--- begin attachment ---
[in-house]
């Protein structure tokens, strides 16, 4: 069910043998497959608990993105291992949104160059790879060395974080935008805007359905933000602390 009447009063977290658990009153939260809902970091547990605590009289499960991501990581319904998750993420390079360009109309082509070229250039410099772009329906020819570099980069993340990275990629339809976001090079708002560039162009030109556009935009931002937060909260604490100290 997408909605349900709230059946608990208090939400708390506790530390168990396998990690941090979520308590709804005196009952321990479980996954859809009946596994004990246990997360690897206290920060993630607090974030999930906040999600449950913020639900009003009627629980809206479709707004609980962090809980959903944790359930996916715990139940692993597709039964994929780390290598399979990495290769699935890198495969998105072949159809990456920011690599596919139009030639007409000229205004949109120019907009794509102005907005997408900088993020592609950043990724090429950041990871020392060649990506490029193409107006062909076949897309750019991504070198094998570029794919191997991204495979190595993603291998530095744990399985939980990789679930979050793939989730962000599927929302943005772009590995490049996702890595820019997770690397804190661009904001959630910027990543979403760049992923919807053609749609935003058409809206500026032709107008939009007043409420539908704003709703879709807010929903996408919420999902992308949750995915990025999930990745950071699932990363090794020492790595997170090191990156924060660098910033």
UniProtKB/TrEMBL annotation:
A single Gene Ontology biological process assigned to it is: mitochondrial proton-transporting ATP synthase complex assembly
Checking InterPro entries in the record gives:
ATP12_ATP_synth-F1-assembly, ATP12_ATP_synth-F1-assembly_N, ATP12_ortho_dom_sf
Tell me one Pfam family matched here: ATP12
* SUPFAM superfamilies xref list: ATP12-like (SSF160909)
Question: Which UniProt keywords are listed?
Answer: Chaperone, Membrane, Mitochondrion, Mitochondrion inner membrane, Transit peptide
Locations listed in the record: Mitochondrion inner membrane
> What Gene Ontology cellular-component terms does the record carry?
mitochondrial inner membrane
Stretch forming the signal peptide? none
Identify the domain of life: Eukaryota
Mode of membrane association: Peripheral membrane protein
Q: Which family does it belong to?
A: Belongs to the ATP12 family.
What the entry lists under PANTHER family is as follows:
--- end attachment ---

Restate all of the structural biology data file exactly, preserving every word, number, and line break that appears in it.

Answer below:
[in-house]
């Protein structure tokens, strides 16, 4: 069910043998497959608990993105291992949104160059790879060395974080935008805007359905933000602390 009447009063977290658990009153939260809902970091547990605590009289499960991501990581319904998750993420390079360009109309082509070229250039410099772009329906020819570099980069993340990275990629339809976001090079708002560039162009030109556009935009931002937060909260604490100290 997408909605349900709230059946608990208090939400708390506790530390168990396998990690941090979520308590709804005196009952321990479980996954859809009946596994004990246990997360690897206290920060993630607090974030999930906040999600449950913020639900009003009627629980809206479709707004609980962090809980959903944790359930996916715990139940692993597709039964994929780390290598399979990495290769699935890198495969998105072949159809990456920011690599596919139009030639007409000229205004949109120019907009794509102005907005997408900088993020592609950043990724090429950041990871020392060649990506490029193409107006062909076949897309750019991504070198094998570029794919191997991204495979190595993603291998530095744990399985939980990789679930979050793939989730962000599927929302943005772009590995490049996702890595820019997770690397804190661009904001959630910027990543979403760049992923919807053609749609935003058409809206500026032709107008939009007043409420539908704003709703879709807010929903996408919420999902992308949750995915990025999930990745950071699932990363090794020492790595997170090191990156924060660098910033």
UniProtKB/TrEMBL annotation:
A single Gene Ontology biological process assigned to it is: mitochondrial proton-transporting ATP synthase complex assembly
Checking InterPro entries in the record gives:
ATP12_ATP_synth-F1-assembly, ATP12_ATP_synth-F1-assembly_N, ATP12_ortho_dom_sf
Tell me one Pfam family matched here: ATP12
* SUPFAM superfamilies xref list: ATP12-like (SSF160909)
Question: Which UniProt keywords are listed?
Answer: Chaperone, Membrane, Mitochondrion, Mitochondrion inner membrane, Transit peptide
Locations listed in the record: Mitochondrion inner membrane
> What Gene Ontology cellular-component terms does the record carry?
mitochondrial inner membrane
Stretch forming the signal peptide? none
Identify the domain of life: Eukaryota
Mode of membrane association: Peripheral membrane protein
Q: Which family does it belong to?
A: Belongs to the ATP12 family.
What the entry lists under PANTHER family is as follows: